Earlier this week I received the ballot information for the election of the American Numismatic Association Board of Governors. There are two candidates for president, one for vice president, and eight for Governors which seven will be selected. As some of you who are ANA member began to receive your ballots, I have received many […]
During my nearly 11 years of writing this blog, there has been criticism and compliments of the work done by the American Numismatic Association, its Board of Governors, and its staff. The organization has come a long way during that time and yet has had a lot of bad missteps over the years. Any organization […]
The shameless promotion of the coin business and extraordinary search for special rare coins did not begin with the explosion of the Internet. It can be traced to legendary coin dealer B. Max Mehl. From the empire he built in Austin, Texas, Mehl was probably the first coin dealer to market coins to the general […]
I have been working on a few manuscripts over the last year. If I put in the extra time, I can publish two of them within the next few months. Both books are more of a labor of love, taking some of the best content from this blog plus some additional information and packaging it […]
In my quest to find different and fun items for my business inventory, I seem to be tripping over some interesting numismatic samples. Recently, I purchased a collection of Coca-Cola memorabilia. Basically, if they can print, paint, mold, or stamp “Coca-Cola” on something, it is in this collection. It has everything from the mundane foreign-labeled […]
John Herschel Glenn, Jr. is a true American Hero. I feel so comfortable saying this that I will not qualify that statement with, “few will argue that ….” When you are the first American to strap yourself into a tiny capsule that is forced into space on top of the Atlas LV-3B rocket, essentially a […]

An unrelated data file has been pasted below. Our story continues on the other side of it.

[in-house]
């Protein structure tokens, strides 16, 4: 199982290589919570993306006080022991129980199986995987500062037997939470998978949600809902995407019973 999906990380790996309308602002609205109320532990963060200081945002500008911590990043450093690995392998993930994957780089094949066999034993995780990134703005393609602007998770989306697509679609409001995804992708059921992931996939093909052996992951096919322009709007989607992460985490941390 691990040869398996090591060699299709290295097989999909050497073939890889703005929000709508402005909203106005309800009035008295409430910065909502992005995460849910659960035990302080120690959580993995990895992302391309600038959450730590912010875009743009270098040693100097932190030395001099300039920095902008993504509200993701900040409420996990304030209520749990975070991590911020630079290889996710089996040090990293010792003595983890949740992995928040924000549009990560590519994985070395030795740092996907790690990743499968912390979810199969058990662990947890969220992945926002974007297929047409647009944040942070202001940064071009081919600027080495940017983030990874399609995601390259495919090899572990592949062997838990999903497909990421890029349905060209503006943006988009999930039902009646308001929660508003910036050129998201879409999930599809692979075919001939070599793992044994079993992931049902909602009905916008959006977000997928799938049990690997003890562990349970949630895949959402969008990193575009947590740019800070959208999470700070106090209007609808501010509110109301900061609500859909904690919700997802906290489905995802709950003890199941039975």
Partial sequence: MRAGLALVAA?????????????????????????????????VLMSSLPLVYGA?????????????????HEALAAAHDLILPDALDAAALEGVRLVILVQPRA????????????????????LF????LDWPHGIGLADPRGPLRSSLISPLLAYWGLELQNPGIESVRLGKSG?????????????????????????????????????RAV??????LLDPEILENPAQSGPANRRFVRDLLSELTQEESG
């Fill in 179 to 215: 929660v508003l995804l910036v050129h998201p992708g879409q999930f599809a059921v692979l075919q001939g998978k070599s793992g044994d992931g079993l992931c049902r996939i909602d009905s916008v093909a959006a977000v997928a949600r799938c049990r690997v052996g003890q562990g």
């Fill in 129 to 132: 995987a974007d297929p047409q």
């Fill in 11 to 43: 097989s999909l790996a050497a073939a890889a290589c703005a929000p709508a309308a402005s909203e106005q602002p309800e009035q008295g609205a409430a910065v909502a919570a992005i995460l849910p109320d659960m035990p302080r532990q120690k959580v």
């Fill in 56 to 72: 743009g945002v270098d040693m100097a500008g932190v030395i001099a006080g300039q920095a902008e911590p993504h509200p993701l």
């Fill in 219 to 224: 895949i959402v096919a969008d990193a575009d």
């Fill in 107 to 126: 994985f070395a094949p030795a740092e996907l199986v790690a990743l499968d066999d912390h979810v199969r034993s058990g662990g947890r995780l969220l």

People seem to come out of the woodwork when there is the story about an error coin being worth a lot of money. Most have folders or albums left behind by long passed loved ones that they have stored in a draw for sentimental reasons. They do not have the passion of the relative for […]
Mike Markowitz covers The “Alien” Coin for CoinWeek.
In America, the concept of Representative Democracy theoretically provides each citizen a proportionate voice in government through the election process. Those elected officials serve their constituents, and the nation in general, by creating the laws under which we all manage to co-exist. Show More Summary
Cultural Heritage Lawyer Rick St. Hilaire, an apologist for cultural property nationalists and a critic of private ownership and trade in cultural property, has posted on his blog a quite lucid history of the Ancient Coin Collectors Guild (ACCG) experiences in District and Appellate Court over the past eight years. Show More Summary